Democratic presidential candidate Hillary Clinton called for reauthorization of the recently shuttered U.S. Export-Import Bank. Rough Cut (no reporter narration).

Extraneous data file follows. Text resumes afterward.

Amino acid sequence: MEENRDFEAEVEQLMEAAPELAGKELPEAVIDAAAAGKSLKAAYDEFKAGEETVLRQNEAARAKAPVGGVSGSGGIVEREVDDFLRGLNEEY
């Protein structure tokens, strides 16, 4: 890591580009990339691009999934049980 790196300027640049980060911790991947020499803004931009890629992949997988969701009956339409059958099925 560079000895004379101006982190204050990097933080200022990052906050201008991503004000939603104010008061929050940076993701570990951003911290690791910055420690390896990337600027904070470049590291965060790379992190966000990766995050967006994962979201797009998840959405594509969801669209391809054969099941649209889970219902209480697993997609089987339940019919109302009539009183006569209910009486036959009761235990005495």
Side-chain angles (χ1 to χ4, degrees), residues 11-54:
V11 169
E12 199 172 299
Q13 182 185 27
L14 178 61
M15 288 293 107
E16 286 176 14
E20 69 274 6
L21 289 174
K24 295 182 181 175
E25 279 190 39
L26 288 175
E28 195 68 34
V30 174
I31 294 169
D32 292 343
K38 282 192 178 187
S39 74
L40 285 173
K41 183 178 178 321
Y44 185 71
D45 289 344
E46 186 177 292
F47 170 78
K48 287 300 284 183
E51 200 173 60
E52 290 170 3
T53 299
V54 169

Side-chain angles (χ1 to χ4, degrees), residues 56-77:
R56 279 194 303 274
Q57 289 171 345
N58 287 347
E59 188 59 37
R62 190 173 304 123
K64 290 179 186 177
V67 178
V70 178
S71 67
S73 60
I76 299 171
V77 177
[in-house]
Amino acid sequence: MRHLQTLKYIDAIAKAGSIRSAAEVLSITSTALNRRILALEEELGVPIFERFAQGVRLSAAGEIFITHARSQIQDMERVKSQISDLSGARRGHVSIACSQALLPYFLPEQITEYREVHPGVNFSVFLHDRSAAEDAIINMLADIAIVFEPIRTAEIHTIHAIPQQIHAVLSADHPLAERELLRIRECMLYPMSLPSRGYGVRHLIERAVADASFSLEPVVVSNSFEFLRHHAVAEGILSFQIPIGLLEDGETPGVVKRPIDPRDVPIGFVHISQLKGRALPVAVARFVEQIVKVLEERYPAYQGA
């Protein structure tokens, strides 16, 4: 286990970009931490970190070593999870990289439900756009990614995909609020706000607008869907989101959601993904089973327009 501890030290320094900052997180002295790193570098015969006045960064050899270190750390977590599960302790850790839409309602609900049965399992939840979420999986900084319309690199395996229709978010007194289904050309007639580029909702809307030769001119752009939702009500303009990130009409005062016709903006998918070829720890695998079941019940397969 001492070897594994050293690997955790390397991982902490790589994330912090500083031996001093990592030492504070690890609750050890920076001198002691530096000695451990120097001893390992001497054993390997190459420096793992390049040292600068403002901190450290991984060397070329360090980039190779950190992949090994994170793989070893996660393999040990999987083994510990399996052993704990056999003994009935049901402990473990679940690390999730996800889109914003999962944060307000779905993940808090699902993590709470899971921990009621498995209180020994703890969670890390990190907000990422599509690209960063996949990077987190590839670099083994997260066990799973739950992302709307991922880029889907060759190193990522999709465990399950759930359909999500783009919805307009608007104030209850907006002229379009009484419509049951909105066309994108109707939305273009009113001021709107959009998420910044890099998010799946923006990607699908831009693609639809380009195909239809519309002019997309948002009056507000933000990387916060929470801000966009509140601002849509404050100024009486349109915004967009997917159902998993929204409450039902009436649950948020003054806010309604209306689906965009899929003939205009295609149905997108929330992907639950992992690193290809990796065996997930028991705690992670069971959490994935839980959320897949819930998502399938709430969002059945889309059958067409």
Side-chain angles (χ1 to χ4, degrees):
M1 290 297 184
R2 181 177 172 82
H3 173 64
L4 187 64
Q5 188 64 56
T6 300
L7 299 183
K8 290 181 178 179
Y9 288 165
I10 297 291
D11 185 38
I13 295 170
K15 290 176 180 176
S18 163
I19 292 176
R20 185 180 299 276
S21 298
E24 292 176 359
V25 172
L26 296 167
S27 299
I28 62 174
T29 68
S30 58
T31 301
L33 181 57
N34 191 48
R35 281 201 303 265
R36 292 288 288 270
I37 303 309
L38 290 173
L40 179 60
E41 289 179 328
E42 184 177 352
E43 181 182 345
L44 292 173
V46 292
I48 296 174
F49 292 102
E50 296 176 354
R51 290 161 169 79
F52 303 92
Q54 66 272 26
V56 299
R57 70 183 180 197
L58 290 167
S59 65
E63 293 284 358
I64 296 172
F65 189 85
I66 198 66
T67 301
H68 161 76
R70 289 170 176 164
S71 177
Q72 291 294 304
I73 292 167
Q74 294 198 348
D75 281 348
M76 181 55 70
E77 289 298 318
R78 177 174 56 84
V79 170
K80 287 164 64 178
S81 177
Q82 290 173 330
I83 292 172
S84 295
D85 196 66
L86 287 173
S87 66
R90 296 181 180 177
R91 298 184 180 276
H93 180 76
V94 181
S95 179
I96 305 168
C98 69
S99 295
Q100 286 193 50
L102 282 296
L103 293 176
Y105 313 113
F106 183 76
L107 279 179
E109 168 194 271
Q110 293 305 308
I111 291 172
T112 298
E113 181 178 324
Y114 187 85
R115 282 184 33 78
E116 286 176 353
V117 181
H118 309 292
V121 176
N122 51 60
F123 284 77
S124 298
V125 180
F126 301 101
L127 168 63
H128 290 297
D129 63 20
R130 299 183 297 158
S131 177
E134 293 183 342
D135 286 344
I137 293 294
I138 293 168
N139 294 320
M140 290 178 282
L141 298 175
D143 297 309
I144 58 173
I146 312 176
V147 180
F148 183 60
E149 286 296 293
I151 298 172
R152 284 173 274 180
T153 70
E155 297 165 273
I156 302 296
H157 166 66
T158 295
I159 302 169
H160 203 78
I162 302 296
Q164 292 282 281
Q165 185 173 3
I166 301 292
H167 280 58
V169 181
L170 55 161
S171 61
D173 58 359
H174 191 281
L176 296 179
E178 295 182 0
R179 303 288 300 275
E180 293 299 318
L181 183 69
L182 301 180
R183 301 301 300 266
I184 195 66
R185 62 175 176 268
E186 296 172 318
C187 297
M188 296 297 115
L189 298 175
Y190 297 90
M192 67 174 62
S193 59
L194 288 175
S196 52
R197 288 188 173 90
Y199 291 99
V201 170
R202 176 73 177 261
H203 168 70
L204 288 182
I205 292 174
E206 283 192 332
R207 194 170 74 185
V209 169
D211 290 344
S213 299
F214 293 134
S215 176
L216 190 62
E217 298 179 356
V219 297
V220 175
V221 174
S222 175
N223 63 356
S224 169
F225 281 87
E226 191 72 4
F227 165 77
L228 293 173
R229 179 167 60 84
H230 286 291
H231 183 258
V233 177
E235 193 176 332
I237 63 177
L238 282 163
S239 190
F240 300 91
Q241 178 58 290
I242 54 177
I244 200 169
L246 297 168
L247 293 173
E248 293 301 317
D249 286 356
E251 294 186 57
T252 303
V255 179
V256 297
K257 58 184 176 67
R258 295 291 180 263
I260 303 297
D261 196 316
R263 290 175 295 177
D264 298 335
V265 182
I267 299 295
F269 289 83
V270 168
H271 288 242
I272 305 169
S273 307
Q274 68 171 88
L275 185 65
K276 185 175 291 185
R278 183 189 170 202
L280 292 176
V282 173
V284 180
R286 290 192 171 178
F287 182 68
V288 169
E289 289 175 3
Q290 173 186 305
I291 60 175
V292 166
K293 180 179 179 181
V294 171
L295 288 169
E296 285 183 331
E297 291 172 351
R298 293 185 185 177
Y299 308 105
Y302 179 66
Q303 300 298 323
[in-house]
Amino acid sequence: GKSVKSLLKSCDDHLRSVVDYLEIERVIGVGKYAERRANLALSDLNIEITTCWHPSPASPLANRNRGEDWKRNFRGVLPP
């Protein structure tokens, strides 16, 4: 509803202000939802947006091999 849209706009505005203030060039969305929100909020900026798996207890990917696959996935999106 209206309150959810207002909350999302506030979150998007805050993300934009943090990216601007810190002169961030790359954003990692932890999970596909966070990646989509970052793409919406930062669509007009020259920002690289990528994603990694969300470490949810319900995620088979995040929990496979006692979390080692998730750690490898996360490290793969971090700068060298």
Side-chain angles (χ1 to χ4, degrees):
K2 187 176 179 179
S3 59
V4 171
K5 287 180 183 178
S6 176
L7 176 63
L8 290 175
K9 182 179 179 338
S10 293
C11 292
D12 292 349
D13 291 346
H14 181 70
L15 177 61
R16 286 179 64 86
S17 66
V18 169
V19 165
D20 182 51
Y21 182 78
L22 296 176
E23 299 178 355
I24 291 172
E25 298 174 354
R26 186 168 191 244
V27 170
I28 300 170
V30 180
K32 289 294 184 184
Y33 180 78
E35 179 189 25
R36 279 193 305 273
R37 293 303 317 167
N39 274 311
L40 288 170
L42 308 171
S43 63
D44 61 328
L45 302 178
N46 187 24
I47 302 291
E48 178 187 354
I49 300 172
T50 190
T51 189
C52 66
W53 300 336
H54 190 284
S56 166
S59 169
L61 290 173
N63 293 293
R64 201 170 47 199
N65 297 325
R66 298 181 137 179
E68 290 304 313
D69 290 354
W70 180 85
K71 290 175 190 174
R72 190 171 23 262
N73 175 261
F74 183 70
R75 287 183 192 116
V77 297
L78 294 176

ROUGH CUT (NO REPORTER NARRATION) U.S. Democratic presidential candidate Hillary Clinton called on Wednesday for reauthorization of the recently shuttered U.S. Export-Import Bank. Clinton, speaking during a campaign stop at St. Anselm College, urged the U.S. Senate to act on a procedural move made by the House to revive the bank. The measure received nearly unanimous Democratic support. "For the life of me do not understand the arguments" against it, Clinton said. Clinton's chief rival for the Democratic nomination, U.S. Senator Bernie Sanders of Vermont, voted against the bank's reauthorization in July, saying it provided "corporate welfare to multi-national corporations." Sanders, who describes himself as a democratic socialist, is challenging Clinton from the left side of the Democratic Party. Some progressives believe the Export-Import Bank, which finances foreign purchases of U.S. goods, mainly benefits large corporations, such as Boeing Co, and not small businesses. The conservative wing of the Republican Party has also opposed the bank, calling it an example of "crony capitalism." Clinton said the Export-Import Bank has become a "political football" in Washington and called for renewed bipartisan support. "Republicans and Democrats have worked together on this for decades, and it actually returns a profit to the Treasury," Clinton said. She noted that New Hampshire businesses use the Export-Import Bank, highlighting Conductive Compounds in the nearby town of Hudson. Conductive Compounds employees 16 people and half of its business is exports to Asia, Clinton said.